Charitable trusts can continue with an unlimited time frame. These trusts have no expiration date, but you still have a choice to add to the terms and conditions if that’s what you want to do.
For instance, the trust documents can state that a specific amount is donated annually until the funds are depleted.
Poor Management And Bad Economic Conditions
A trust can close when no funds are left in the grantor’s accounts. This situation can occur due to mismanagement of funds and the estate itself by the trustee responsible.
If this happens, the trustee enters a legal dispute with the grantor to explain why the assets have been exhausted.
The trustee can be free of the blame if most of the assets are invested in stocks, and the market takes a big hit.
It is safe to say the trustee cannot be sued if this occurs because holdings in this category are volatile and rely on stable economic conditions for good yearly profits. And they are obligated to invest the assets under their care or face a penalty for breaking their fiduciary duty for not earning interest to maintain the estate against inflation.
Lastly, a trust agreement can become null and void if an asset under the estate, like a house, burns down or succumbs to a natural disaster. In this situation, the trust ends, and the trustee is free of all responsibilities in the agreement.
What To Do When The Trustee And The Executor Are Not The Same
Very few estates attached to a living trust will not include a will to make sure there are no disputes after the grantor’s death. (Note: Even if you create a will, it’s wise to have a second one as a fallback in case there is an asset you are unsure you want to be included in the trust.)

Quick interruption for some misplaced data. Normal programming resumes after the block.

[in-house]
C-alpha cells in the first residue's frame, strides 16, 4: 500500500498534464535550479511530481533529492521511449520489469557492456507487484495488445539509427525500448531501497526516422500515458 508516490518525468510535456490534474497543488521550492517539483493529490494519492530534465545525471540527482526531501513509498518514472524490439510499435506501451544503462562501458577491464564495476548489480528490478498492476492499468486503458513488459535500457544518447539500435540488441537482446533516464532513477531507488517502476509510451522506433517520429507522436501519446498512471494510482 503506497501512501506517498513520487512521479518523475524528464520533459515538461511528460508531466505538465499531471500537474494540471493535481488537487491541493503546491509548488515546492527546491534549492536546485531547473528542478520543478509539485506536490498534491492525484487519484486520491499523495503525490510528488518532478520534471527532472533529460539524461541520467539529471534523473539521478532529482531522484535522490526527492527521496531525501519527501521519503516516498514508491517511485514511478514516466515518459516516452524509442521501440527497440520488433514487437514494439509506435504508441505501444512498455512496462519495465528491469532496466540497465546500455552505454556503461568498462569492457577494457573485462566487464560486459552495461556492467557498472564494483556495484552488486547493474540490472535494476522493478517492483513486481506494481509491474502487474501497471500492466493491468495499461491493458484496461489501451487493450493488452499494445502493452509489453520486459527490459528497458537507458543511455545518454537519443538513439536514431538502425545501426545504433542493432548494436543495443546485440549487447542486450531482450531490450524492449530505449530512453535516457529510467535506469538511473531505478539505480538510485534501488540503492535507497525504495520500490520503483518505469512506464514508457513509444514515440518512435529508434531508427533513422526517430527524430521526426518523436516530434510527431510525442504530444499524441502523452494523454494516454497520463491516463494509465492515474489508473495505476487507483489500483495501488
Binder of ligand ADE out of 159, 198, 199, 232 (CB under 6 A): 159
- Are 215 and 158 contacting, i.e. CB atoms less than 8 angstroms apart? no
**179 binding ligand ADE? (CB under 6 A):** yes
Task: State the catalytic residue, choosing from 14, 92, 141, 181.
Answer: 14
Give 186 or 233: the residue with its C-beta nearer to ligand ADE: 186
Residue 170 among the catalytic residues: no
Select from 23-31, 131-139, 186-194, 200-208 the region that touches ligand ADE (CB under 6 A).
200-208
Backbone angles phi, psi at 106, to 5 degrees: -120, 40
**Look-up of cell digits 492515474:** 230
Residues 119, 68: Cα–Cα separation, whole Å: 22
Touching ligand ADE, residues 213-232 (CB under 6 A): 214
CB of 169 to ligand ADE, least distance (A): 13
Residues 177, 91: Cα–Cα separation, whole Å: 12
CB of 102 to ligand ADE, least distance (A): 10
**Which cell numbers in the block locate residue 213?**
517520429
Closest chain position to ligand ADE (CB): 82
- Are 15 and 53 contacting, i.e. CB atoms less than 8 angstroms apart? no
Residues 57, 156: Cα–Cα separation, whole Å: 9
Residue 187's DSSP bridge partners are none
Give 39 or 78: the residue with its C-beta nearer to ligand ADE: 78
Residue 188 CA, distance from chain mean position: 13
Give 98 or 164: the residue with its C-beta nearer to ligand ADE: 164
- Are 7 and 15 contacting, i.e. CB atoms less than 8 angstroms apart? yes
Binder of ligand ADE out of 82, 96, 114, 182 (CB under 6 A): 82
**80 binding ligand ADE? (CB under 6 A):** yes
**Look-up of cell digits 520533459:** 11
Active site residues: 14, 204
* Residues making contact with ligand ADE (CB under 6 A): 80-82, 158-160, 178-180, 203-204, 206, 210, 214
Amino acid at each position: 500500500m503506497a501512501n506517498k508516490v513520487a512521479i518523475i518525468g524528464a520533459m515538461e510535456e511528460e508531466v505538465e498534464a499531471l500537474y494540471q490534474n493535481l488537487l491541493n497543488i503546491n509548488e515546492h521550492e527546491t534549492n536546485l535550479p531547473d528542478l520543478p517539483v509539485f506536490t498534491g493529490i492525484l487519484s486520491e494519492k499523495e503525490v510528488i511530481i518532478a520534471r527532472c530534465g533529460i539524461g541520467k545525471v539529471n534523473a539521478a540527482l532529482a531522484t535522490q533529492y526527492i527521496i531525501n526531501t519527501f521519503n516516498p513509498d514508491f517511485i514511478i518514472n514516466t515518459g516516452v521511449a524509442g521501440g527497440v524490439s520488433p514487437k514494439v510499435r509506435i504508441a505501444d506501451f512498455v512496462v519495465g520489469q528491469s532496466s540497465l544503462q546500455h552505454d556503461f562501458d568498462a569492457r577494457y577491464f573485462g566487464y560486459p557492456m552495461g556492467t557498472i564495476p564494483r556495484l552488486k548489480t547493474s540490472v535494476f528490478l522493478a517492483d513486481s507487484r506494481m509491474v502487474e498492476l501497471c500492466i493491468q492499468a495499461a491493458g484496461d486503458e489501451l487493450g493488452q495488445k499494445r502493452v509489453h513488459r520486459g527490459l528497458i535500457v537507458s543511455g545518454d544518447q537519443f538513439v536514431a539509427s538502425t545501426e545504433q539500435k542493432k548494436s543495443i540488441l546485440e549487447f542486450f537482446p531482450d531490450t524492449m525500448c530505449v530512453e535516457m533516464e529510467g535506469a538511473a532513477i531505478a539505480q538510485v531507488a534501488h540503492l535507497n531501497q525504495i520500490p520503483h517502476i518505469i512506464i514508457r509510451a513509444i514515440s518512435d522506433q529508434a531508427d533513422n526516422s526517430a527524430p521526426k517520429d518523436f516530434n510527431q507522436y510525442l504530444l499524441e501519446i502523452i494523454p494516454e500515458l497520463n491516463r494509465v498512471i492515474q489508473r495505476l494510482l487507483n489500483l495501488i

At times, the executor of the will and the trustee are the same individual.
However, if you’re the trustee and someone else is the executor, always keep in touch with this person for at least the initial 1 to 3 months.
It’s crucial to keep tabs on the executor so you can know what actions they take and why they are taking them. If you are dealing with a pour-over will, the executor transfers ownership of the assets in the estate to the trust. After that, they become yours to control.
Contacting The Trust Beneficiaries
After the grantor’s passing, the first move is to let the heirs know there is a trust in their name. Begin by reading the trust instrument out loud and ensure they know who else is an inheritor if there are others.
Sometimes trusts are not straightforward because they don’t list the exact name of the beneficiaries and use terms like ‘children.’ Every state has unique laws, so do your research to see what this legal term includes. The best idea is to contact an estate lawyer if you become overwhelmed.
To contact the heirs, start by mailing a short letter letting them know that their trust is officially irrevocable since the grantor’s death. Then let them know they are now in control of the trust assets, and there will be a transfer as soon as legally possible.
In most states, there are deadlines to obey, giving you a specific time frame to contact the beneficiaries. The typical time frame for 70% of the states in America will be anywhere from 30 to 60 days after the trust-maker’s death.
What Occurs When A Trust Ends?
A trust arrangement ends when the assets are dispersed to the people assigned as the beneficiaries. How the money gets distributed is written in the guidelines included within the trust instrument. Any other requirements before the trust can end are included in this document.
It’s the responsibility of the trustee and the heirs to decide how the assets are divided collectively if there is no will.
We recommend you involve a probate lawyer to make this process easier. It’s not mandatory, but it will be much more convenient when you need questions answered about your rights as an inheritor.
There will be cases where the heirs disagree on how to split the assets, and you immediately need to get a lawyer involved when this occurs.
However, before picking an estate planning lawyer, do your due diligence and learn everything about this individual, especially if a lot of money is involved. The ideal attorney will have years of experience in this field and can help be an intermediary for a trust dispute when needed.